Kasey Edwards has been read by over 10 million people world wide. She writes a column for Daily Life and is the best-selling author of five books, including 30-Something and Over It and Guilt Trip.
Now in her forties, Kasey reflects on how being a woman often feels like a test. One she flunks. From her body, to her mothering skills, relationships and career, Kasey has managed to feel guilty about just about everything. And let’s not even mention the epidural, elective caesarean and baby formula.
When Kasey Edwards discovers she’ll be infertile within a year, she is forced to bring the baby issue to the forefront of her mind. In 30-Something and the Clock Is Ticking, she explores what motherhood would mean to her identity, her career, her body, her relationships and her mental health.
Kasey Edwards has everything she’s always wanted: a successful career and the lifestyle and assets to match. But she’s empty and uninspired and doesn’t want to go to work . . . Ever again.
Terrified that she’ll spend the rest of her life wearing pinstripes and pretending to care about ‘adding value’, Kasey embarks on a quest to rediscover passion and purpose in her life and work.
If you have kids, you’ll be familiar with the ‘That’s Not My’ series from Usborne. Now try the adult parody versions: OMG! That’s Not My Husband and OMG! That’s Not My Child.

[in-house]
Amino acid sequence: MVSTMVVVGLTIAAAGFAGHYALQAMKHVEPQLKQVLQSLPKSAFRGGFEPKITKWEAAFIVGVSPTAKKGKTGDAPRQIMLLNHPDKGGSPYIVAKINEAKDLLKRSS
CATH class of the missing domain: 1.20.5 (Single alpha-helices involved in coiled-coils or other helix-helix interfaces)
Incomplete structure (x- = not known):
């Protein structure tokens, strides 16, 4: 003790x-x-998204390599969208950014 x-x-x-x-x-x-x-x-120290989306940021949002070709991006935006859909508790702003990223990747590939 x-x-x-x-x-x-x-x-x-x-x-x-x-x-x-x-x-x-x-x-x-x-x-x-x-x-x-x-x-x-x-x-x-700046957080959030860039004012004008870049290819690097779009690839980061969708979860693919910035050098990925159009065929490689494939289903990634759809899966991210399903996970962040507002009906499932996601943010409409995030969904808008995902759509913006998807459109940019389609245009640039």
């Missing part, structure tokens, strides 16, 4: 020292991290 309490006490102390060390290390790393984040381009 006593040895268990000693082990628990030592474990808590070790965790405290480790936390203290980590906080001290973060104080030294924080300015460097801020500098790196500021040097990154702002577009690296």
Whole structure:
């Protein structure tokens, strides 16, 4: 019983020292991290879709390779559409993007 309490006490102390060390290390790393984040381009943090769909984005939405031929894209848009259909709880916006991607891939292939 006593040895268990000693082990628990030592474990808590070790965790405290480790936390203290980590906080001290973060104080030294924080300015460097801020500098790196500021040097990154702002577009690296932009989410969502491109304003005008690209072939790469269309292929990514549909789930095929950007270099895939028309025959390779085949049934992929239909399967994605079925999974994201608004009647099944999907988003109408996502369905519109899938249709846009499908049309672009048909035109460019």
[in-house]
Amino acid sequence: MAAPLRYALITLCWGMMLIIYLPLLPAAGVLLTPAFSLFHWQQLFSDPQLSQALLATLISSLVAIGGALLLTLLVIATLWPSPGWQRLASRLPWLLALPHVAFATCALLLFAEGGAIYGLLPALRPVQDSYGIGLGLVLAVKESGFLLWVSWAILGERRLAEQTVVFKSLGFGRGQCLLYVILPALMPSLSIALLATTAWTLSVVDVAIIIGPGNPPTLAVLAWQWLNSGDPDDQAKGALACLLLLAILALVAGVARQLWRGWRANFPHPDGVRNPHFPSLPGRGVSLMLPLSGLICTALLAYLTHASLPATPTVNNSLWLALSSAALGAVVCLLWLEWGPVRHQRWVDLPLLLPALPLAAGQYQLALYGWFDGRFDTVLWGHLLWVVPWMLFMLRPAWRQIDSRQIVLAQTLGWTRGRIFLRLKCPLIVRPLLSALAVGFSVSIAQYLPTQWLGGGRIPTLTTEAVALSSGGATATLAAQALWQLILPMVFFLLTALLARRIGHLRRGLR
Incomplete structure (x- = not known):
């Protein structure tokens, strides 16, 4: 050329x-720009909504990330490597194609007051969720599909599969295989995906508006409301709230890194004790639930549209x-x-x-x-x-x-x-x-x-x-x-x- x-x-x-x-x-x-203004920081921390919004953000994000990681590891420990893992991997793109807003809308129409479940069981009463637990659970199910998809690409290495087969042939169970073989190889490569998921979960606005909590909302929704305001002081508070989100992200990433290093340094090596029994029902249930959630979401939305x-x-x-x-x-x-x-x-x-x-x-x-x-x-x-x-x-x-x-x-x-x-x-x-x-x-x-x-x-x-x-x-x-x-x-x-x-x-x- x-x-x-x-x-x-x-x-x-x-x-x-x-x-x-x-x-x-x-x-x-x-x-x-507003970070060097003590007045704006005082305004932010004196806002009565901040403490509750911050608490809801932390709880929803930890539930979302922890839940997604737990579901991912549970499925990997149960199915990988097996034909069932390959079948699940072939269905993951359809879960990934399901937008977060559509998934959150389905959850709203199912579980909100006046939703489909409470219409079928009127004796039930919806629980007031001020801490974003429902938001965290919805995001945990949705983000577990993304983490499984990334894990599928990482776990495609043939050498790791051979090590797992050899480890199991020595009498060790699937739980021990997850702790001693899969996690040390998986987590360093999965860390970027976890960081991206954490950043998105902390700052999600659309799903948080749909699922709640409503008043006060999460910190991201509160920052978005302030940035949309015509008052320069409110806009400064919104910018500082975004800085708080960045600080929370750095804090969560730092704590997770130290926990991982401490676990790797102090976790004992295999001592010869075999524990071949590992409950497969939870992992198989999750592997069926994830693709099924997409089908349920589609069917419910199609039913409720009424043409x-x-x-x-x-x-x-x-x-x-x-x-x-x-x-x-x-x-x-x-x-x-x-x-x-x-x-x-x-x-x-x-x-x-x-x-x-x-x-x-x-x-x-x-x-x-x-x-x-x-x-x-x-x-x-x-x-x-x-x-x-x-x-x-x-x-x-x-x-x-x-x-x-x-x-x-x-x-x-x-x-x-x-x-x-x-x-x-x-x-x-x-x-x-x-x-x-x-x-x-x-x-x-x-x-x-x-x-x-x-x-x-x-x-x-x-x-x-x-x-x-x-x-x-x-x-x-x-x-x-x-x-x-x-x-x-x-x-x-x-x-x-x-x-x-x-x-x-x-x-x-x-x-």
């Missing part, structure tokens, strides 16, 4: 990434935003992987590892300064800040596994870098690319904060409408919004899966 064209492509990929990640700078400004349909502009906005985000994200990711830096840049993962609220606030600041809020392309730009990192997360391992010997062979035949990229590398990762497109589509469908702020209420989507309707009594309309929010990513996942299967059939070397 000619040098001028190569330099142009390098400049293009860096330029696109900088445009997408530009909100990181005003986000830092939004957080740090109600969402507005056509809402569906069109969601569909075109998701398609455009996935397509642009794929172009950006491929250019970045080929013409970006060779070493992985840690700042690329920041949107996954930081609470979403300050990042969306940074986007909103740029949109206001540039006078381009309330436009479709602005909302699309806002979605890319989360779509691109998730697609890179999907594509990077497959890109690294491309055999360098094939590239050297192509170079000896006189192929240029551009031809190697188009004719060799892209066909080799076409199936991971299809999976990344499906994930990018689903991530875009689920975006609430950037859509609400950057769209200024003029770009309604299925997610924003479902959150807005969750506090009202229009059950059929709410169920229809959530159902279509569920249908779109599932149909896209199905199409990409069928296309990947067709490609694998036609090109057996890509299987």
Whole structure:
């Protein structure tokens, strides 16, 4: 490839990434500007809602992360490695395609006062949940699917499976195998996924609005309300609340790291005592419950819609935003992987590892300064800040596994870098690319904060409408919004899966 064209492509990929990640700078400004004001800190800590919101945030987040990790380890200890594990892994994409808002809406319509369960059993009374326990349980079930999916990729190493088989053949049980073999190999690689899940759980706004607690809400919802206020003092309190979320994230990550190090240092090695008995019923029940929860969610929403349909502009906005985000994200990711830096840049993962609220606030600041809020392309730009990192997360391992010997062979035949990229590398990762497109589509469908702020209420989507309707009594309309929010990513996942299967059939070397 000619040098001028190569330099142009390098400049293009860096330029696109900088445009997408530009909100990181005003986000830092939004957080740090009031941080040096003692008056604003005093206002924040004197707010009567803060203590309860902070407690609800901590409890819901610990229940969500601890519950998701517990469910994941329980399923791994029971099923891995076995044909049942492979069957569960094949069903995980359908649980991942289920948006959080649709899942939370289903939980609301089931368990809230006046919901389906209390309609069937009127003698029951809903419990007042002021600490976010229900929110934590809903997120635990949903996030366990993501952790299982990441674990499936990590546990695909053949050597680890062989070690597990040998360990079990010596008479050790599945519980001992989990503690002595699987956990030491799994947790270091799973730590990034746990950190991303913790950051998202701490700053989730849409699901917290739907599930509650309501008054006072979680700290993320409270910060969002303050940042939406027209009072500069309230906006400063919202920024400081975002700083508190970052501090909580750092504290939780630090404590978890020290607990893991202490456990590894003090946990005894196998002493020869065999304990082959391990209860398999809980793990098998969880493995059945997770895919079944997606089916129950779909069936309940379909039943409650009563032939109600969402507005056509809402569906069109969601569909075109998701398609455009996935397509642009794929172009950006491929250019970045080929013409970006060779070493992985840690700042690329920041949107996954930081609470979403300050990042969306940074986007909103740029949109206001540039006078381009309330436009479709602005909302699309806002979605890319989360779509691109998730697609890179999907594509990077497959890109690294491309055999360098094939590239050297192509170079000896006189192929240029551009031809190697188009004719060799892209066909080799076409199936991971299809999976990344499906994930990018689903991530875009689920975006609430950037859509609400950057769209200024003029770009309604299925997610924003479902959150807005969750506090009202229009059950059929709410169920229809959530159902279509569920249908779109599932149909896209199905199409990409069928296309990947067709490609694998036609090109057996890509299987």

It says a lot about how women are valued when an ageing and post-baby body is regarded as breaking the marriage contract.
There’s just one problem with this approach: it doesn’t work. It’s a disaster.
A man takes a year off to travel and is promoted… on merit, of course.
Britain has banned ads that reinforce gender stereotypes, but Kasey Edwards thinks parents should go further.
I have no doubt that my grandmother loved me, but as an adult I see how warped and toxic this expression of love was.
Businesses are appropriating sex-positive language to exploit women
I can’t spell, but that hasn’t stopped her pumping out five books while writing a weekly column.
“When will you let your daughters have sex?” asked a friend who has teenage daughters and is mulling over her own policy on the subject.
Aside from the fact that the Daughter Card is starting to look a bit tattered from all the overuse, you have to ask: do these men have any capacity for empathy?
This is the crucial message from the ‘Lisa Wilkinson stood up to Channel Nine’ story.
I was told I lacked credibility with a client because of being “too pretty and feminine”.
Former Channel Seven reporter Amy Taeuber recently wrote about feeling “betrayed by the sisterhood”.
Was no one thinking about the children?!
I’m not depriving my daughters of feeling good, I’m teaching them their value lies elsewhere.
We spend a lot of time telling girls to speak up and make their voices heard. But what happens when they grow up and act on this advice?
Food consumption and weight gain is presented to many pregnant women as a simple choice. It isn’t.
My question to all the men who insist they do in fact want workplace flexibility: What are you doing about it?
It’s time we call the standard retort “men would love to do more at home but their hands are tied” what it is: an excuse.
Not only is regular weighing bad for our mental health, it’s also terrible for our physical health.
If there were ever a case of treating gangrene with a Band-Aid, it’s a new app called SMS4dads.
Women don’t deserve a “day off”, they deserve to be treated better.